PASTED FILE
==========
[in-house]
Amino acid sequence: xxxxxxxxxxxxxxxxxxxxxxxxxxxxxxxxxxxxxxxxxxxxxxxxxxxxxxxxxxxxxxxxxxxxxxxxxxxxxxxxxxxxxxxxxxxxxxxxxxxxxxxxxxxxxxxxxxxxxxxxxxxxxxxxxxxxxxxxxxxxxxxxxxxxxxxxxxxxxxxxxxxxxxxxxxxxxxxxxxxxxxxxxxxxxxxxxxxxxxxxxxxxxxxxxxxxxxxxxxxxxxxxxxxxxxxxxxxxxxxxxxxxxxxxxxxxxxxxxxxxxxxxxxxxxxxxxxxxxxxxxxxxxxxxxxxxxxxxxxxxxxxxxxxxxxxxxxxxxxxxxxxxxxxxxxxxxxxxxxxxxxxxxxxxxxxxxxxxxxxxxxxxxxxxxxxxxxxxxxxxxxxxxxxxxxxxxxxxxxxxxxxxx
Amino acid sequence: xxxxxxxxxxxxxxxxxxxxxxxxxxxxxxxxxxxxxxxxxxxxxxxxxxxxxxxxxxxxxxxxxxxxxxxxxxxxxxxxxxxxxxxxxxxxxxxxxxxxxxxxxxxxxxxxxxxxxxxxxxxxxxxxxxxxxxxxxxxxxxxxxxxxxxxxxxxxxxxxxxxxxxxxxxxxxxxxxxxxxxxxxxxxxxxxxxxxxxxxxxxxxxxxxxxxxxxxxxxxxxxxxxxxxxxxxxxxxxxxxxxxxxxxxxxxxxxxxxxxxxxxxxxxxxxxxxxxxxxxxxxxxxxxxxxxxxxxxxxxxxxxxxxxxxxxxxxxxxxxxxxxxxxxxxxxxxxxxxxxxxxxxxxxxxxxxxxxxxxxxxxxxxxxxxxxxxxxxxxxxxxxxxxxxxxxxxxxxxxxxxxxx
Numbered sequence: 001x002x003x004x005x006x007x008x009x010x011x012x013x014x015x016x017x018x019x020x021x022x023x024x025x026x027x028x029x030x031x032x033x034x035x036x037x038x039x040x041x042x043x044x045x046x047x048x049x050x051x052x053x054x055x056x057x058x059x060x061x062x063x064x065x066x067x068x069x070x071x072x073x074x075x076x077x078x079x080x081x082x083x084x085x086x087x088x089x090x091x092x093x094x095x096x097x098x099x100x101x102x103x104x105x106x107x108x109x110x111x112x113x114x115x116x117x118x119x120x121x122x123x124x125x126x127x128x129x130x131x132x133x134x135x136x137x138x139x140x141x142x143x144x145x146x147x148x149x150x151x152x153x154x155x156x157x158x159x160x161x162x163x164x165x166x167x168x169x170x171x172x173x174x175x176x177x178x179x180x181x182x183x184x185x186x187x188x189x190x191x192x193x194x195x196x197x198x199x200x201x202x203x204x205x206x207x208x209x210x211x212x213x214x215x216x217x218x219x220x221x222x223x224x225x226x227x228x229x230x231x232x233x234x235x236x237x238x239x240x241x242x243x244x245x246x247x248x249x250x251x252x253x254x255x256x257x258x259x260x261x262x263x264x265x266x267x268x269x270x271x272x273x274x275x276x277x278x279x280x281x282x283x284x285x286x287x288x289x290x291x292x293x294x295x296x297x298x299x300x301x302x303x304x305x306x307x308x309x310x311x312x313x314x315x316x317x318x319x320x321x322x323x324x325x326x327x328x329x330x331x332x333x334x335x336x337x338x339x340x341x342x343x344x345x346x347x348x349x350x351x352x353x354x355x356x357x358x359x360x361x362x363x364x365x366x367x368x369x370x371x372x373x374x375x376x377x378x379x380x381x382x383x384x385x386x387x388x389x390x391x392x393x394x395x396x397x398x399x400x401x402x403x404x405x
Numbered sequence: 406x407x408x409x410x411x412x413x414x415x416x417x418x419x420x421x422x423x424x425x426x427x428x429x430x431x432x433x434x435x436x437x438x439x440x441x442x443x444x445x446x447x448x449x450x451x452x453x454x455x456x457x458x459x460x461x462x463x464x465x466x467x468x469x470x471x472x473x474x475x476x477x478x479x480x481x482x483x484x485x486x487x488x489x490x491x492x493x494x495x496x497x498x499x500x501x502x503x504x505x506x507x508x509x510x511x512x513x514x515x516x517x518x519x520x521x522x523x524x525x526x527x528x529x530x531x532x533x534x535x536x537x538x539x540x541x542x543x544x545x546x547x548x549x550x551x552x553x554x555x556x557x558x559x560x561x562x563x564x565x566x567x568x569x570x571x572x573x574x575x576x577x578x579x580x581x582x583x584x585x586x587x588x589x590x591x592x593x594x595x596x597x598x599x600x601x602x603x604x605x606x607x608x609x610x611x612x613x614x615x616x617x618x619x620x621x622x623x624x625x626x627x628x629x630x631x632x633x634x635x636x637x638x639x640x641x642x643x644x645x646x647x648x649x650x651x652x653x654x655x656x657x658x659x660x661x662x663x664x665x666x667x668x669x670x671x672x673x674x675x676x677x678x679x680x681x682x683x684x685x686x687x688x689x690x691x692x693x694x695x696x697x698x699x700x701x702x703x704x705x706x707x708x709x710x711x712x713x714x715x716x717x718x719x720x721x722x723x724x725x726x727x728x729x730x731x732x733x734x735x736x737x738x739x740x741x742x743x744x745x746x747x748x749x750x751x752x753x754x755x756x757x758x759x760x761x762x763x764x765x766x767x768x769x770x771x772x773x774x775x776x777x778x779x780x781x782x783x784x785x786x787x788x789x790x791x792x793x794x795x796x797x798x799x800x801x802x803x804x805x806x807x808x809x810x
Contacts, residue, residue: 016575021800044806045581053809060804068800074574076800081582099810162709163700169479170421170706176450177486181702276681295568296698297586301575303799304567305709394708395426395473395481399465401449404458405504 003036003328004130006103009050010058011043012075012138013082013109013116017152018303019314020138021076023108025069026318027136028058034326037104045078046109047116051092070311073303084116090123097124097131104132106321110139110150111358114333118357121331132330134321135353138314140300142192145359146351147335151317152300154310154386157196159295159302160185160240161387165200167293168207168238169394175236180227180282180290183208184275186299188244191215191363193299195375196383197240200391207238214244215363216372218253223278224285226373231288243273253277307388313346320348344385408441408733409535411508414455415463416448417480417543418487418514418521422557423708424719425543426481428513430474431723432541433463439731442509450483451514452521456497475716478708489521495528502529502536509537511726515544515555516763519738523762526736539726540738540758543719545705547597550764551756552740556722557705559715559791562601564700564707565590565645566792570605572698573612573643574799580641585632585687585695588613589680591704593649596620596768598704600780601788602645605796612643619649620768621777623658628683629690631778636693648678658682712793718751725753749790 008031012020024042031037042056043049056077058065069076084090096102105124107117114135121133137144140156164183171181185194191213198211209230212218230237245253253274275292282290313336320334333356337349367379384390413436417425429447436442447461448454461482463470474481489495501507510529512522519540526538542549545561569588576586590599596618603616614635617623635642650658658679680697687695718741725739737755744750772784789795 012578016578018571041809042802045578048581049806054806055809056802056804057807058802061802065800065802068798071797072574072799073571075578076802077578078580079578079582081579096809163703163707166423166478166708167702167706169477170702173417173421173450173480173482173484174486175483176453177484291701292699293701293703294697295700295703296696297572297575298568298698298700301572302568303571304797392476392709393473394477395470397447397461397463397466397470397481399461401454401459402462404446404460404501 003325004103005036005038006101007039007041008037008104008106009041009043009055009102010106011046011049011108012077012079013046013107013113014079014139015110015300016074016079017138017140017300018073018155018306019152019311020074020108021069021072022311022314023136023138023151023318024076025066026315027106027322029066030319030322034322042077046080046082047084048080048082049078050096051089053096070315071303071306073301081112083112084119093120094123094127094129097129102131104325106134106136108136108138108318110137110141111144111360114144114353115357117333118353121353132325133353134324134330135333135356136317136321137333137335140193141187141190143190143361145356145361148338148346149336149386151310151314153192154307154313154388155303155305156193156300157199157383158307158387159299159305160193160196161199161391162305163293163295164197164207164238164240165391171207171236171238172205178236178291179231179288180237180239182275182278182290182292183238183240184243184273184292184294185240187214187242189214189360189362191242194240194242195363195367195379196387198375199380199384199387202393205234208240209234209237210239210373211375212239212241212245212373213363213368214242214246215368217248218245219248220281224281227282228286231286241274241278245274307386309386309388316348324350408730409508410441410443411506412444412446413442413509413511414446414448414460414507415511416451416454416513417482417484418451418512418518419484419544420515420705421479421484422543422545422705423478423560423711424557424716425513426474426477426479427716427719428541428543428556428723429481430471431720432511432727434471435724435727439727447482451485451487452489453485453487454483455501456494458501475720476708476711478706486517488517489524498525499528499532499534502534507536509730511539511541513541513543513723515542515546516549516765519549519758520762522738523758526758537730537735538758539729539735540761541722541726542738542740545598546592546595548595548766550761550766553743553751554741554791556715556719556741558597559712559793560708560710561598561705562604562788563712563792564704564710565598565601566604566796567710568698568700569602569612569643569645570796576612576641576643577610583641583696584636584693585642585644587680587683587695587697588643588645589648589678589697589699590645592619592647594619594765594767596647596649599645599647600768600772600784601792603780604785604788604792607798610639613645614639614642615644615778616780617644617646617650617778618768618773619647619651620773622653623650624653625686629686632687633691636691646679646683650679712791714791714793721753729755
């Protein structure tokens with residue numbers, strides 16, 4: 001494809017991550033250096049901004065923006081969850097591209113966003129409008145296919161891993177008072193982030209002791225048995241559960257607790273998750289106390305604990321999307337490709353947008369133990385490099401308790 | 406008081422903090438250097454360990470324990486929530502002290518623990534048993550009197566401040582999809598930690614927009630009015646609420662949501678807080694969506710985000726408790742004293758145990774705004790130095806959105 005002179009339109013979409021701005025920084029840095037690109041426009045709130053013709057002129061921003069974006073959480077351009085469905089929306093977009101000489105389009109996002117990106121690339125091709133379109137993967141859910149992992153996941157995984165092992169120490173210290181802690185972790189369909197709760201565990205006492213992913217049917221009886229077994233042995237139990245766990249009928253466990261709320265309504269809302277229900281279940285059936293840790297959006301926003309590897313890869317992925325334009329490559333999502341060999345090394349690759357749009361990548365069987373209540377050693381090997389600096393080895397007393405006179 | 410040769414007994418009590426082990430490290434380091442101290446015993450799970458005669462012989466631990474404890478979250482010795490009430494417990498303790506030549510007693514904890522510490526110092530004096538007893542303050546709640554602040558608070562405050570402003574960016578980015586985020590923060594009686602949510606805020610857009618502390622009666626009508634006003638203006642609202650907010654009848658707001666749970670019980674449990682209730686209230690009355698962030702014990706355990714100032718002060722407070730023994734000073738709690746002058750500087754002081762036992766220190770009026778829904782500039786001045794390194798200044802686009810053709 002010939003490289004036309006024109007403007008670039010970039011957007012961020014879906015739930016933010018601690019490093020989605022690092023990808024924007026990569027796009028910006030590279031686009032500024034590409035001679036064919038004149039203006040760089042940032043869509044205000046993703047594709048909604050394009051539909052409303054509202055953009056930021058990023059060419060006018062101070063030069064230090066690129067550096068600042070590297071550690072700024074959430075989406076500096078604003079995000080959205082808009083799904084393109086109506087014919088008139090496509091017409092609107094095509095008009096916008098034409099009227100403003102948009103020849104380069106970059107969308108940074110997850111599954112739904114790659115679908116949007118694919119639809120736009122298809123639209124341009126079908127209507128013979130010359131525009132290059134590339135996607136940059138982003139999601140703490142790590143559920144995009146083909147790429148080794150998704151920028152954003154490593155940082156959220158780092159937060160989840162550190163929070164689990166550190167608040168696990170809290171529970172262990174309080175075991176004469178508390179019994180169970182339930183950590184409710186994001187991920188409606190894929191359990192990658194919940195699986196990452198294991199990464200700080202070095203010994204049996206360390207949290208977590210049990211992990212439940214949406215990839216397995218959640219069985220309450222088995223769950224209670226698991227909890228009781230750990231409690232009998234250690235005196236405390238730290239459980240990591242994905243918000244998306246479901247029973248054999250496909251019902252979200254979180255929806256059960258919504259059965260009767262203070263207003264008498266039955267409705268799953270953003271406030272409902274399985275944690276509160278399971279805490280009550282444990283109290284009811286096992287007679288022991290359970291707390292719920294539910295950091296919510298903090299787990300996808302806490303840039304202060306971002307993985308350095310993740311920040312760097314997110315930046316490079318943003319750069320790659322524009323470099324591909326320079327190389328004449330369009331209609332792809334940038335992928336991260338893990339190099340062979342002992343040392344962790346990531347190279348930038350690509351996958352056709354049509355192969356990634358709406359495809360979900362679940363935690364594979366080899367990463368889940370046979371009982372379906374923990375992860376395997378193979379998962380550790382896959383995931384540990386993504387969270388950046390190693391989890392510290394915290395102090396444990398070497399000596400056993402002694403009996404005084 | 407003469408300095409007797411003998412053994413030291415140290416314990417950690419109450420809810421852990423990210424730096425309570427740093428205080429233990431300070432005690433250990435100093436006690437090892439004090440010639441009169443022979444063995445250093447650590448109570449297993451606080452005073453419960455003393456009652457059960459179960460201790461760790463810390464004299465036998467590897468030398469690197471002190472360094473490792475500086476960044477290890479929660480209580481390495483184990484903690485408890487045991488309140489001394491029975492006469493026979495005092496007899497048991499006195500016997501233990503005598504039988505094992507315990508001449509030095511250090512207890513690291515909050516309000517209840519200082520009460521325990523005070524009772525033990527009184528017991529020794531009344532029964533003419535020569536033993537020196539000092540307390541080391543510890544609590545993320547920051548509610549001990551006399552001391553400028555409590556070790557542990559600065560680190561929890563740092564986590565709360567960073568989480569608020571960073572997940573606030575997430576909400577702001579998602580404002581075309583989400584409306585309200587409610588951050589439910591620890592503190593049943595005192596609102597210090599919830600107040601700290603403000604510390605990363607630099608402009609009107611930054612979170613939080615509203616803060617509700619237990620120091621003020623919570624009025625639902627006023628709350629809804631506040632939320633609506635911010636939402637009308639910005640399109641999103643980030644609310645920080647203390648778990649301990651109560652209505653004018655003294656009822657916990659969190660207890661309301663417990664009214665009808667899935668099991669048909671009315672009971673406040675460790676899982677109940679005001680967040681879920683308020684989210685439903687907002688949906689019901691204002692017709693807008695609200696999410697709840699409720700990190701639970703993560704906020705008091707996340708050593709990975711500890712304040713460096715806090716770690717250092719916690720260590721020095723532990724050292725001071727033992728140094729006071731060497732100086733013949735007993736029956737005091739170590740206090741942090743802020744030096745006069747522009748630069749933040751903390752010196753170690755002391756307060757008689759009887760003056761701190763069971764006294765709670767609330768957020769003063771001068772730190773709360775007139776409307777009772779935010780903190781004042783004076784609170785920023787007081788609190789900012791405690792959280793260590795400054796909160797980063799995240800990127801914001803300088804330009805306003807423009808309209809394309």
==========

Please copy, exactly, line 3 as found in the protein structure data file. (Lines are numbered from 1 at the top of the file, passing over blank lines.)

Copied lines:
Amino acid sequence: xxxxxxxxxxxxxxxxxxxxxxxxxxxxxxxxxxxxxxxxxxxxxxxxxxxxxxxxxxxxxxxxxxxxxxxxxxxxxxxxxxxxxxxxxxxxxxxxxxxxxxxxxxxxxxxxxxxxxxxxxxxxxxxxxxxxxxxxxxxxxxxxxxxxxxxxxxxxxxxxxxxxxxxxxxxxxxxxxxxxxxxxxxxxxxxxxxxxxxxxxxxxxxxxxxxxxxxxxxxxxxxxxxxxxxxxxxxxxxxxxxxxxxxxxxxxxxxxxxxxxxxxxxxxxxxxxxxxxxxxxxxxxxxxxxxxxxxxxxxxxxxxxxxxxxxxxxxxxxxxxxxxxxxxxxxxxxxxxxxxxxxxxxxxxxxxxxxxxxxxxxxxxxxxxxxxxxxxxxxxxxxxxxxxxxxxxxxxxxxxxxxxx